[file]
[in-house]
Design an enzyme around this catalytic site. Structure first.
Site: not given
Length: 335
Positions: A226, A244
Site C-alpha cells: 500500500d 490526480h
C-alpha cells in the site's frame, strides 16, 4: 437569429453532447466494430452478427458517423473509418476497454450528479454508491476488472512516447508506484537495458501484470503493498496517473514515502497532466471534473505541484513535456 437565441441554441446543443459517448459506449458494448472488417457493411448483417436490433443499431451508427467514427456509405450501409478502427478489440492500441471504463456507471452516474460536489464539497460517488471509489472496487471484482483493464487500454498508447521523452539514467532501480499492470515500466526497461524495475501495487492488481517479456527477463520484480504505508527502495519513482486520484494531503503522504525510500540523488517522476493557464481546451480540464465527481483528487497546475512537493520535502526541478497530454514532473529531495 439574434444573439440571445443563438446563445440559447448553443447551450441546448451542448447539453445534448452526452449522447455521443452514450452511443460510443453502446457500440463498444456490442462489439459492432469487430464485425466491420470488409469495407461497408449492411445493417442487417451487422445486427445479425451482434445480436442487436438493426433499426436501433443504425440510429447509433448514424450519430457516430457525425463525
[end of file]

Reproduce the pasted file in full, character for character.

[in-house]
Design an enzyme around this catalytic site. Structure first.
Site: not given
Length: 335
Positions: A226, A244
Site C-alpha cells: 500500500d 490526480h
C-alpha cells in the site's frame, strides 16, 4: 437569429453532447466494430452478427458517423473509418476497454450528479454508491476488472512516447508506484537495458501484470503493498496517473514515502497532466471534473505541484513535456 437565441441554441446543443459517448459506449458494448472488417457493411448483417436490433443499431451508427467514427456509405450501409478502427478489440492500441471504463456507471452516474460536489464539497460517488471509489472496487471484482483493464487500454498508447521523452539514467532501480499492470515500466526497461524495475501495487492488481517479456527477463520484480504505508527502495519513482486520484494531503503522504525510500540523488517522476493557464481546451480540464465527481483528487497546475512537493520535502526541478497530454514532473529531495 439574434444573439440571445443563438446563445440559447448553443447551450441546448451542448447539453445534448452526452449522447455521443452514450452511443460510443453502446457500440463498444456490442462489439459492432469487430464485425466491420470488409469495407461497408449492411445493417442487417451487422445486427445479425451482434445480436442487436438493426433499426436501433443504425440510429447509433448514424450519430457516430457525425463525